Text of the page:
I'd be interested to know how others preserve apples in other parts of the world.

After that long and rambling post I'm linking up with Cathy at {tinniegirl}

Saturday, August 18, 2012


I have been busy making more zippered pouches to sell at the Mapua Makers Market in November. It's quite addictive, and the only thing I've had to buy is more zips (from the op shop, of course!) Part of the challenge is matching the fabric, lining fabric and the zip, and no two are alike. I have a large stash of fabric, which is not well organised, and mostly resides in large carrier bags or boxes and is stored in our large shed with all the other things that have never fitted into this house from our move 10 months ago. But that's another story.....

My favourite fabric is vintage barkcloth. The second and third photos are of barkcloth pouches. I had enough of the gray geometric piece to firstly make a cushion cover, then three pouches with the scraps, some of which are patchworked together. I'm very pleased with how I managed to find the right coloured zips, these ones will be hard to sell. Because yes there has to be a reason why the dining table has been covered in sewing paraphernalia all week (and the last few weeks too!). Hubby is very good at inviting friends over for dinner on Saturday nights (don''t worry he does the cooking) so that I have to clear the table, and shove every thing back into the spare room - which is supposed to be the craft room, but I find it a bit claustrophobic in there, so prefer the kitchen!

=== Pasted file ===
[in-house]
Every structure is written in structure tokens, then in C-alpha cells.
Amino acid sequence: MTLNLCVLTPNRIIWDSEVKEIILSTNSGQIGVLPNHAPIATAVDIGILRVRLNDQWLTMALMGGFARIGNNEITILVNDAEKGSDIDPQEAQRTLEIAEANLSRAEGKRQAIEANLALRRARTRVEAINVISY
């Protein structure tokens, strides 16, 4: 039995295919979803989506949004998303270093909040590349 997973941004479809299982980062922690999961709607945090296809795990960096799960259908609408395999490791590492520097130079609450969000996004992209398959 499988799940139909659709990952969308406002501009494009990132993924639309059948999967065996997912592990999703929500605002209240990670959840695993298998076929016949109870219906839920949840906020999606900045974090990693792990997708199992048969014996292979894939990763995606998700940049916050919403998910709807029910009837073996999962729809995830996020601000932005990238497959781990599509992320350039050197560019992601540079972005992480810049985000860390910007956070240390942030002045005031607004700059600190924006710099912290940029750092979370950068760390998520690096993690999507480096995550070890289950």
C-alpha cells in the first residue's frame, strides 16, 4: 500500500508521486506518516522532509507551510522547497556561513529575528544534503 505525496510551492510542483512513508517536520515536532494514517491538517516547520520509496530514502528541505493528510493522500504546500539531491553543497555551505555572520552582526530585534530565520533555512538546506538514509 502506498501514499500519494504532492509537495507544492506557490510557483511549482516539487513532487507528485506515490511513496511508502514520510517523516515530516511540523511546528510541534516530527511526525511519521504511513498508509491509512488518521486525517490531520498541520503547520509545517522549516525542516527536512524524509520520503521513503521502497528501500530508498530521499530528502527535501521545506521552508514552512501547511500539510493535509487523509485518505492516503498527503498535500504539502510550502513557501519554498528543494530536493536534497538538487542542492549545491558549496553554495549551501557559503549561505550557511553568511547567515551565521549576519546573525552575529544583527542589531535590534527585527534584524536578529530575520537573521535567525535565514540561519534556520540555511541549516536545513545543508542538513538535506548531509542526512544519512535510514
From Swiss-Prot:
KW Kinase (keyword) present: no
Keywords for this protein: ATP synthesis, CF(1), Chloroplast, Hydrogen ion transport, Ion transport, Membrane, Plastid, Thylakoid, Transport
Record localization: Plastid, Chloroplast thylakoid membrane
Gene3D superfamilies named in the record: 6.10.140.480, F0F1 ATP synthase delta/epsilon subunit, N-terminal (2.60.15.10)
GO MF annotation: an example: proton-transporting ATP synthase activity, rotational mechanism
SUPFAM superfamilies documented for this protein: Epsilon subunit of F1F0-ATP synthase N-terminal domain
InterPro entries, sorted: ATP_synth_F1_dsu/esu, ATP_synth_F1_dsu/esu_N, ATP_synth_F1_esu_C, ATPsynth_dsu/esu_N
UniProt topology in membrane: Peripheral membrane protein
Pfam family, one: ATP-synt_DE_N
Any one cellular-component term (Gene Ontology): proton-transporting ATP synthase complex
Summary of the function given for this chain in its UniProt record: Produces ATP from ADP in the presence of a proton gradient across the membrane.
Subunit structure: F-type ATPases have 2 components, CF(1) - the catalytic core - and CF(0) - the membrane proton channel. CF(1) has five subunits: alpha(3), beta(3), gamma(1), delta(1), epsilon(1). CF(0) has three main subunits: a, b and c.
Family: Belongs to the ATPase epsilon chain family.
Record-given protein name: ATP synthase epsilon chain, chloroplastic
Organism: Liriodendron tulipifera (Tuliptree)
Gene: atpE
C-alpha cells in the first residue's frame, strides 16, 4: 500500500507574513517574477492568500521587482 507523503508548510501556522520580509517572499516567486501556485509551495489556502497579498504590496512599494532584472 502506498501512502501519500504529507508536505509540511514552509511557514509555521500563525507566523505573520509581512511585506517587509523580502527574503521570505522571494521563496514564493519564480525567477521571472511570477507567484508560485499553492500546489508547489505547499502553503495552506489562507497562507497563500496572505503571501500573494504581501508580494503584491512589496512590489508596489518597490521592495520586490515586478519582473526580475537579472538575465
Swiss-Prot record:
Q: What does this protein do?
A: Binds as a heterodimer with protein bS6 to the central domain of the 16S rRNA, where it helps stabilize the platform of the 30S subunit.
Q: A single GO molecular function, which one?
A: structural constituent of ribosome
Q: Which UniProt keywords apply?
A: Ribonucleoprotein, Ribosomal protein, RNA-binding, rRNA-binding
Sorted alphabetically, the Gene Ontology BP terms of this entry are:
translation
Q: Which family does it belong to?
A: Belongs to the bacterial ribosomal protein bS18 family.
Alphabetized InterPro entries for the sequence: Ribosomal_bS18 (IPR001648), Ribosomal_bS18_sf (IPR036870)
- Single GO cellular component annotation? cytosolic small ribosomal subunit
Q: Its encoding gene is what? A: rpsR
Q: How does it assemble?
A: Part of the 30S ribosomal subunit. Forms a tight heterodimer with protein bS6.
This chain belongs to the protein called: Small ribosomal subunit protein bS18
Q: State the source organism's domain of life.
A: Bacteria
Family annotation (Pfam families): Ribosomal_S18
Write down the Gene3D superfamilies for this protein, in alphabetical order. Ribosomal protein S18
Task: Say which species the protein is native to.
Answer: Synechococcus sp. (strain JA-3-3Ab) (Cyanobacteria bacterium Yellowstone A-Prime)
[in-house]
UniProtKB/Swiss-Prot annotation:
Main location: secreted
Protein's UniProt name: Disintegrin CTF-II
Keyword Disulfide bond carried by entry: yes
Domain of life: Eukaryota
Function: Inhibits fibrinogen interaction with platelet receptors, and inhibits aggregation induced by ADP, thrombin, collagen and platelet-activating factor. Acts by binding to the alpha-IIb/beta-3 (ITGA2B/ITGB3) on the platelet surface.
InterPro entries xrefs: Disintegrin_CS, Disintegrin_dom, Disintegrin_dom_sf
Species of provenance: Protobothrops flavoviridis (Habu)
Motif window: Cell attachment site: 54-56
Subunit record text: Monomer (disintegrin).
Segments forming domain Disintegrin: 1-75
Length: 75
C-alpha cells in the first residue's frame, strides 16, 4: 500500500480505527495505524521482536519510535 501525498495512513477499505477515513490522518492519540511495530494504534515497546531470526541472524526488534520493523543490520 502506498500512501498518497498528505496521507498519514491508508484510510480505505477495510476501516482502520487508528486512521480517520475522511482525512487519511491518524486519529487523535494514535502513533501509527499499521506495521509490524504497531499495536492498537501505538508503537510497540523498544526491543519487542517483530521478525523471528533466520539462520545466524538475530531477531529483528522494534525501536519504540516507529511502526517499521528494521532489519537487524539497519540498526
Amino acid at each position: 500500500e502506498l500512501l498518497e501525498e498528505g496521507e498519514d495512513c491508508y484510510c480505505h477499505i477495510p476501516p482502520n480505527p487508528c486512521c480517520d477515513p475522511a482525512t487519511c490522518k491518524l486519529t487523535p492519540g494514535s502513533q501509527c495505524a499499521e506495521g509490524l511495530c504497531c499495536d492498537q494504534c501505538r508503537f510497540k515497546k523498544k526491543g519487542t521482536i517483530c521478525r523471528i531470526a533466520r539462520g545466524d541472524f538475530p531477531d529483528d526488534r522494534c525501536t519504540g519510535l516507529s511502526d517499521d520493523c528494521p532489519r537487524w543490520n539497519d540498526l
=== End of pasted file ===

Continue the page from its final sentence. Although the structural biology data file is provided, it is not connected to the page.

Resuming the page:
Not everything I've made is to sell. I found an old linen tea towel at the op shop recently, and decided I need a stag on the couch, hubby is still not sure about this though. I managed to make one pouch with the left overs.

Look how "Monarch of the Glen" he looks - yes the couch wasn't that tidy before I took the photo! In case anyone's interested I took photos of the paintings in our dining/kitchen area.
'Heart Thief' by Eion Stevens, brought after a messy break up years ago!

'Dreamtime Friends' by Pooaraar, brought in Sydney many moons ago

Sue Symes and Cyril Hector, both West Coast artists, although the oil is a Nelson landscape
Below these paintings is the dining table in all it's messy glory! It's just as well we have a breakfast bar to eat at!

Linking up with my creative space and I'm also going to try and join in everyone on instagram as well. No more excuses now we are on broadband (yes it happened last week! - see my rant here if you're wondering what I'm on about.)

Sunday, August 5, 2012

week of snippets

It's been quite a wet week, but I managed to catch a few shots on the phone. Today I discovered Picmonkey, so mashed up some of my Instagram photos, now I'm twice as dangerous!

Today was actually quite lovely, there were even signs of spring to be found in the garden.

The top photo is of the Mapua Wharf, and the recently unveiled statue of Hamish the White Heron. Hamish visited Mapua each winter for over 15 years, but last year he didn't come back so the worst was presumed. So now he has been forever immortalised. From a distance he looks quite real, but on closer inpection the nails and wire to stop the seagulls landing on him make him look like he's having acupuncture .

Linking up with {tinniegirl} here, even although I never play the game properly and always add some words!